The World Health Organization (WHO) declared Thursday that the deadly coronavirus that has killed 171 people in China and spread to nearly 20 countries is now a global health emergency.
The United Nations health agency’s emergency designation means the outbreak is an “extraordinary event” that requires global coordination.
Speaking to reporters in Geneva, WHO director-general Tedros Adhanom Ghebreyesus noted the worrisome spread of the virus between people outside China.
The main reason for this declaration is not because of what is happening in China but because of what is happening in other countries, he said. “Our greatest concern is the potential for this virus to spread to countries with weaker health systems which are ill-prepared to deal with it.”
“This declaration is not a vote of non-confidence in China…on the contrary, WHO continues to have the confidence in China’s capacity to control the outbreak,” he said.
The development comes after U.S. public health officials confirmed the country’s sixth virus case — the first person-to-person transmission — in the state of Illinois. The Centers for Disease Control and Prevention (CDC) said the patient lives with a Chicago woman who was previously diagnosed with the virus after visiting Wuhan, China, the epicenter for the ongoing epidemic. As of Thursday, two cases have been confirmed in California and Illinois, one in Washington State, and another in Arizona.
“We understand this may be concerning but based on what we know now our assessment remains that the immediate risk to the American public is low,” CDC Director Robert Redfield said in a statement.
“We anticipated this,” said Dr. William Schaffner, an infectious diseases expert at Vanderbilt University. “The kind of contact that you have in a household is very close and very prolonged. That’s the kind of circumstance where we would anticipate a virus such as this could be transmitted.”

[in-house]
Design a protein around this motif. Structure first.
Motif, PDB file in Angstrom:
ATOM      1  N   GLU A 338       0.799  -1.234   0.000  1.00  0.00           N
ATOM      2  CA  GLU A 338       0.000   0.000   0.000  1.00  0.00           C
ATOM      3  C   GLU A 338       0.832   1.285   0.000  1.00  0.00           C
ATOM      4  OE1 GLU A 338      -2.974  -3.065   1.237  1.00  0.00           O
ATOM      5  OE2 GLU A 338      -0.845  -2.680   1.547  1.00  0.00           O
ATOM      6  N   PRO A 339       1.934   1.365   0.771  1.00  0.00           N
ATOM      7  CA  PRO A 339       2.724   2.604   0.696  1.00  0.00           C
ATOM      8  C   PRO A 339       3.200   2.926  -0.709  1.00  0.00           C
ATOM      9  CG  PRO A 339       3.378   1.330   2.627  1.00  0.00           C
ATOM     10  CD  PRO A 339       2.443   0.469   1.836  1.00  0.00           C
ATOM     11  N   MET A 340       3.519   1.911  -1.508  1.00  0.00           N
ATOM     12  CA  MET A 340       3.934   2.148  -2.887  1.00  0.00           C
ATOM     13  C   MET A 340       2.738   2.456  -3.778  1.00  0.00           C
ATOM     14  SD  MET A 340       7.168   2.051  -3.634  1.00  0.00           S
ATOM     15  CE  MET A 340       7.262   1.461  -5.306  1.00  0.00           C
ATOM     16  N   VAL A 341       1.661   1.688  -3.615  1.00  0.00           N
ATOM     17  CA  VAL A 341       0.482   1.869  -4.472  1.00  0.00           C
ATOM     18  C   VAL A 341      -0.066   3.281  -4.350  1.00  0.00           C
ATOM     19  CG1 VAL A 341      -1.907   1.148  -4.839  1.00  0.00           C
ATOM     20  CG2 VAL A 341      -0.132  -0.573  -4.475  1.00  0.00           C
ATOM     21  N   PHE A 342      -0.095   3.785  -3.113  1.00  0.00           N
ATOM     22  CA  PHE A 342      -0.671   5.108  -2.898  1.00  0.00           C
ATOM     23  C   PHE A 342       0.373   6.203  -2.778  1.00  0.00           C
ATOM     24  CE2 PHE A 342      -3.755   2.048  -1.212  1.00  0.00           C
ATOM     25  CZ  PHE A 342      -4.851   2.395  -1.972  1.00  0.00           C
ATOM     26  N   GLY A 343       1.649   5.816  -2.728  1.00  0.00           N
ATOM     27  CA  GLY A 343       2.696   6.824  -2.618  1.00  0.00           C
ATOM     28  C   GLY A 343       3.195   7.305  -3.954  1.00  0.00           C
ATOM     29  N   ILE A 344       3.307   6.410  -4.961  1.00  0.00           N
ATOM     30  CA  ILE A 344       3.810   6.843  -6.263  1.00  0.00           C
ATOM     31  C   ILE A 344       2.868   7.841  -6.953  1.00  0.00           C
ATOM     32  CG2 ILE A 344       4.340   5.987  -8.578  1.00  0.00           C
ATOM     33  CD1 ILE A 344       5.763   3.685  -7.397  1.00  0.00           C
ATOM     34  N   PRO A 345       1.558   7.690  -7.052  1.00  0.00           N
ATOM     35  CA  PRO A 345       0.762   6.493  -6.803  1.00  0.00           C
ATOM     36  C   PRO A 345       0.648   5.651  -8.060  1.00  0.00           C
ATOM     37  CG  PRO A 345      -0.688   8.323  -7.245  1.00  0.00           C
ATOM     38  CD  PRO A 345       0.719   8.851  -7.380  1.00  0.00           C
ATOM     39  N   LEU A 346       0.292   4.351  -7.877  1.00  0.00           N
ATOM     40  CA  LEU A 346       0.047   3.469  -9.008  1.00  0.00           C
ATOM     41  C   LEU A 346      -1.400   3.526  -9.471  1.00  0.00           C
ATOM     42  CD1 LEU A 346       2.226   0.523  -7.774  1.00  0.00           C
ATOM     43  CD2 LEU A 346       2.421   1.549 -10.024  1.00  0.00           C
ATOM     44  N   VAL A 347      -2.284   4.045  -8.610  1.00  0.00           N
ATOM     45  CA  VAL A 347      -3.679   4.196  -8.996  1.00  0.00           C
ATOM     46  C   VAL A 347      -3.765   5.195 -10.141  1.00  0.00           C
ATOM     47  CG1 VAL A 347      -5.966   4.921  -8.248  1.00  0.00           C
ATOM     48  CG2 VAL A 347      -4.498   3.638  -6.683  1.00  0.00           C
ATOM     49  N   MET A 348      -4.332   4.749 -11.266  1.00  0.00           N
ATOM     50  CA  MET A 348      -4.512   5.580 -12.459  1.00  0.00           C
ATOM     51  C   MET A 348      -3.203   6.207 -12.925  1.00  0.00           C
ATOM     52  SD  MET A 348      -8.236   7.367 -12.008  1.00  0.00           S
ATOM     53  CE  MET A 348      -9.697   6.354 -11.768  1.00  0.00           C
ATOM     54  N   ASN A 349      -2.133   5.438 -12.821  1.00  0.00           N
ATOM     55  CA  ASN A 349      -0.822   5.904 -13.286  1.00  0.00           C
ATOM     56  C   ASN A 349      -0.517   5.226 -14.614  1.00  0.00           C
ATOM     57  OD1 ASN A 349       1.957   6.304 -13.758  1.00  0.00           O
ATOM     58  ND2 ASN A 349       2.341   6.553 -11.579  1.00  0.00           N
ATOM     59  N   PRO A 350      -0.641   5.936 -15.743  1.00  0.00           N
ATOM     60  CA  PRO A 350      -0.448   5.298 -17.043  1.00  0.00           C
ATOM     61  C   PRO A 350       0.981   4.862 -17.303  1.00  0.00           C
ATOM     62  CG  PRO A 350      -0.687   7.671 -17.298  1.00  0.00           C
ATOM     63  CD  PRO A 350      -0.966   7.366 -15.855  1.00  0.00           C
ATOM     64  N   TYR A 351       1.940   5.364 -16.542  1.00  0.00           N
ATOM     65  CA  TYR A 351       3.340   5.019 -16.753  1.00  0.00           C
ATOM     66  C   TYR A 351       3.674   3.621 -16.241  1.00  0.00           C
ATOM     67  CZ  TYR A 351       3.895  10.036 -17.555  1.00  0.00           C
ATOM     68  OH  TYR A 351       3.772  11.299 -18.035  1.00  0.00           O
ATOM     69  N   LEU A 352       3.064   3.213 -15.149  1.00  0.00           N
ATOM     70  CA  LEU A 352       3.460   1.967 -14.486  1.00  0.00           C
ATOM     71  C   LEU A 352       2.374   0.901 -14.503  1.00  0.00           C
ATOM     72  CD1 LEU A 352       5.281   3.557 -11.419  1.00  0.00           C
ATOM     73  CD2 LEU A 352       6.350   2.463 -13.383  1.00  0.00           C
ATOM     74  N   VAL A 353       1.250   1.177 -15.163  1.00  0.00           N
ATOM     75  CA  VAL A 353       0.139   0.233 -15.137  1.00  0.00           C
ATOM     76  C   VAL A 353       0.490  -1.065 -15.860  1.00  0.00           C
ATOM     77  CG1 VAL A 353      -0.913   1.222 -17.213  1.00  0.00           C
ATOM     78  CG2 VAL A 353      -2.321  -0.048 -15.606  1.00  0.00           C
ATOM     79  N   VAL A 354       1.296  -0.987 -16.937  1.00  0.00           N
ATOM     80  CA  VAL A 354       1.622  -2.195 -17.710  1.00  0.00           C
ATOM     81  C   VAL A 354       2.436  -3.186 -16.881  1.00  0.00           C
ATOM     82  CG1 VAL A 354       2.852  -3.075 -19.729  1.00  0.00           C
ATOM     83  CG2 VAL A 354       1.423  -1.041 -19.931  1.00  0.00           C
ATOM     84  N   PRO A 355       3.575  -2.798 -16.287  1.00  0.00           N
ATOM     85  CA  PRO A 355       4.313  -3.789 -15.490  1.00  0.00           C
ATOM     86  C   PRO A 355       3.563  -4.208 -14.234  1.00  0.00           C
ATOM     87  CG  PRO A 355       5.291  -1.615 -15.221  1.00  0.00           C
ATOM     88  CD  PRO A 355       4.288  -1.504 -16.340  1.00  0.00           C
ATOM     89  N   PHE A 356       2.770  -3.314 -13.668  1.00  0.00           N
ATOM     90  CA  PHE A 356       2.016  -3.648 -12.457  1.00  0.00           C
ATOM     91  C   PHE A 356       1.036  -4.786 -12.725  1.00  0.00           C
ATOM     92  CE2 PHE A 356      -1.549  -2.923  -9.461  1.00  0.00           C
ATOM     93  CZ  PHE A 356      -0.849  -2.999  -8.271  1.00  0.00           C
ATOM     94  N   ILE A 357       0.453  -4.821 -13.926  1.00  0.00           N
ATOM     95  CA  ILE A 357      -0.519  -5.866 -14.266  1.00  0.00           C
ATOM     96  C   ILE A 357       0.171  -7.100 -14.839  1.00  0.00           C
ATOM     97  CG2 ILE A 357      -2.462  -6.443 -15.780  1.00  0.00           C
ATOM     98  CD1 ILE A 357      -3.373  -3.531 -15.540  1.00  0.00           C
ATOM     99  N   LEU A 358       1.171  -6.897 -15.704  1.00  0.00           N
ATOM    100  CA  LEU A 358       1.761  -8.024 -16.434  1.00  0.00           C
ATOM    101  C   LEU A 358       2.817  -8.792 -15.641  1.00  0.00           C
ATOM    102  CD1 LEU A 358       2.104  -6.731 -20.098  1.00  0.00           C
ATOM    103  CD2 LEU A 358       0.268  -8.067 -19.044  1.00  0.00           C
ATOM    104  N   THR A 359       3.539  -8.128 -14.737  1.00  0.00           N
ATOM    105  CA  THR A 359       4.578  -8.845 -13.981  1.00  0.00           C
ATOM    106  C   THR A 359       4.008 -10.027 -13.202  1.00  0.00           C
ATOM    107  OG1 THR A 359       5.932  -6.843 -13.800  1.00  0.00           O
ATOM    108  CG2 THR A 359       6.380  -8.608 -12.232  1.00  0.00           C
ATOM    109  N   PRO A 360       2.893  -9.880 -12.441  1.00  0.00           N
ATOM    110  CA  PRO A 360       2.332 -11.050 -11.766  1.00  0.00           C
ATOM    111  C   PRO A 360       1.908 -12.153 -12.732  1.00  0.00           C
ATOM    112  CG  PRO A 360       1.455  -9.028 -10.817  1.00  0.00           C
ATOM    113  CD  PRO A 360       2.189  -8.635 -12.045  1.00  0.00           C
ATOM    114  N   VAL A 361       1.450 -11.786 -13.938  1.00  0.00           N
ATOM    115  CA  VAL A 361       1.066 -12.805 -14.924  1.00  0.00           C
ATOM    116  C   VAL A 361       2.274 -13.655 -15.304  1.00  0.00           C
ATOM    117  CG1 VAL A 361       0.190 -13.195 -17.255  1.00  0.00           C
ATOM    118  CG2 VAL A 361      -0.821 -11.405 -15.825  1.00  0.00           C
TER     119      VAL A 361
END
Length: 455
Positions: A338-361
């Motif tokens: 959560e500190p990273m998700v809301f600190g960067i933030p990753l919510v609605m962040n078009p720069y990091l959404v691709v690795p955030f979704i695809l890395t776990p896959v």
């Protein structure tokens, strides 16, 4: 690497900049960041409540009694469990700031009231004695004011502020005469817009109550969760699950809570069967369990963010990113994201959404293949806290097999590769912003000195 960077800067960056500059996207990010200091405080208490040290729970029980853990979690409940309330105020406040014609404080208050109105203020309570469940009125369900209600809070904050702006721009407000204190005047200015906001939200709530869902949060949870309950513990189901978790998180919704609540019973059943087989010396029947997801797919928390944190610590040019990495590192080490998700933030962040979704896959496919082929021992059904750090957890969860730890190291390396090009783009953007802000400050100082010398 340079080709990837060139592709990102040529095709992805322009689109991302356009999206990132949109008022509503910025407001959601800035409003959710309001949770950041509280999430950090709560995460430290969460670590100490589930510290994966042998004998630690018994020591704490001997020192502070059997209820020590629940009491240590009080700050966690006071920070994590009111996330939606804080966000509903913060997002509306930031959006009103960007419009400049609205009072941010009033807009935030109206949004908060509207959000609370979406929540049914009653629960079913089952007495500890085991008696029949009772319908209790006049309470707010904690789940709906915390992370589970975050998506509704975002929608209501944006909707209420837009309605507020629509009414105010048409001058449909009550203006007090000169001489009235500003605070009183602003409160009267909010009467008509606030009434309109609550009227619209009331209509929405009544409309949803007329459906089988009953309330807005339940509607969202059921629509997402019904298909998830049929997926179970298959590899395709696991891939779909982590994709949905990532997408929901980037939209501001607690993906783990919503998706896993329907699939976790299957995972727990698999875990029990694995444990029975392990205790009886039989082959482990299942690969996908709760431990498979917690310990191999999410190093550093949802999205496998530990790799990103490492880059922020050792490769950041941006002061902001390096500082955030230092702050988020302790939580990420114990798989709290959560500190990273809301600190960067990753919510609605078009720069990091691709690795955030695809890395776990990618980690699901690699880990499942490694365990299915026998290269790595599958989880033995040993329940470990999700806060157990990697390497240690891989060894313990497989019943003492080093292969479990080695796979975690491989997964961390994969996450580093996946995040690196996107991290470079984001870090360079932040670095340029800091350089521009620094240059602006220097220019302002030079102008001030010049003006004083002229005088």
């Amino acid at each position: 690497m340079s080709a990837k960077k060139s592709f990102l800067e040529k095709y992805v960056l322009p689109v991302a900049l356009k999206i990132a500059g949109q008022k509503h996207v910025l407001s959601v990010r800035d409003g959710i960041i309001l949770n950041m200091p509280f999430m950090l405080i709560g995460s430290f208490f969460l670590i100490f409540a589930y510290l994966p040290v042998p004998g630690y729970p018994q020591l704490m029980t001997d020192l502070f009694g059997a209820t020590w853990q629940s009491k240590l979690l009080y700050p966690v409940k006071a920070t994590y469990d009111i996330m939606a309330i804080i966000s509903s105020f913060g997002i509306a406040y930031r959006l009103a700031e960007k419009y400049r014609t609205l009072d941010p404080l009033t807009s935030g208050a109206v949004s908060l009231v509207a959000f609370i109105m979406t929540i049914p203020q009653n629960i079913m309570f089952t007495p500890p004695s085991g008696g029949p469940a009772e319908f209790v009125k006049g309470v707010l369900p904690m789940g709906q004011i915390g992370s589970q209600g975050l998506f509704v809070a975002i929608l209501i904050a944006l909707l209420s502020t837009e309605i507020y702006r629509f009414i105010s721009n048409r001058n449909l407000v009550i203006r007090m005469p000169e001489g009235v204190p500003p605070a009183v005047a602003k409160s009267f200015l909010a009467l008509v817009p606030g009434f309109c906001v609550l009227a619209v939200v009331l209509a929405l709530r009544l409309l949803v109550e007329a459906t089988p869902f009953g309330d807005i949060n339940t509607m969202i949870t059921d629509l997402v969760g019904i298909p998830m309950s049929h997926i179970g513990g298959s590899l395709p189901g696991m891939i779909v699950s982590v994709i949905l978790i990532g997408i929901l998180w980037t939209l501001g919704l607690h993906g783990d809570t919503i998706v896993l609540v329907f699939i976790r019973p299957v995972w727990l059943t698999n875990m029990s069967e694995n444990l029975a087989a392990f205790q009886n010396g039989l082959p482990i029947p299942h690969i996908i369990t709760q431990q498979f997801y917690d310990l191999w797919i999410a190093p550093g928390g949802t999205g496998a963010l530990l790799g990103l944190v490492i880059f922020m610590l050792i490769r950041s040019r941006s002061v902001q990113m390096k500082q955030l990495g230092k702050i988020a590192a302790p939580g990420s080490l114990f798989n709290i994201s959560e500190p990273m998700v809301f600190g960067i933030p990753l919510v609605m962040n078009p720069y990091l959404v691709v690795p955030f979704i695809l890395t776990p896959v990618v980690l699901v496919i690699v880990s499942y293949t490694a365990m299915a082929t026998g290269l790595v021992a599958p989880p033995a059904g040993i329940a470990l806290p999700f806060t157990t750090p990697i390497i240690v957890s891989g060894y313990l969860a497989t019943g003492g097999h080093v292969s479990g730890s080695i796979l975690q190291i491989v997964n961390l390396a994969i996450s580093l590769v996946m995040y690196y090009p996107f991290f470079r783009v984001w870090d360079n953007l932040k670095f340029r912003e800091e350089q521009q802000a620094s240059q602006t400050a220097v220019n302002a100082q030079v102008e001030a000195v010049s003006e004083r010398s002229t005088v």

The ongoing outbreak has prompted some Republicans in Washington, D.C., to call on the Trump administration to crack down on travel from China. Of the WHO’s declaration, Sen. Tom Cotton tweeted: “This declaration is a week overdue, but a welcome development. China must open completely to WHO and international scientists. And it’s more urgent than ever to stop travel between China and US.”
Earlier this week, Cotton urged officials to implement a “target travel ban,” citing China’s previous lack of transparency in fighting illness outbreaks.
“Given the latest developments and the many unknowns about this virus, we ought to follow Benjamin Franklin’s maxim: an ounce of prevention is worth a pound of cure. America is blessed with world-leading researchers and laboratories on the cutting edge of medical science and epidemiology. Working in tandem with them, I’m confident our federal research agencies can develop a vaccine in record time,” he wrote in a letter to Secretary of State Mike Pompeo, HSS Secretary Alex Azar, and acting Homeland Security Director Chad Wolfe.
The Associated Press contributed to this report.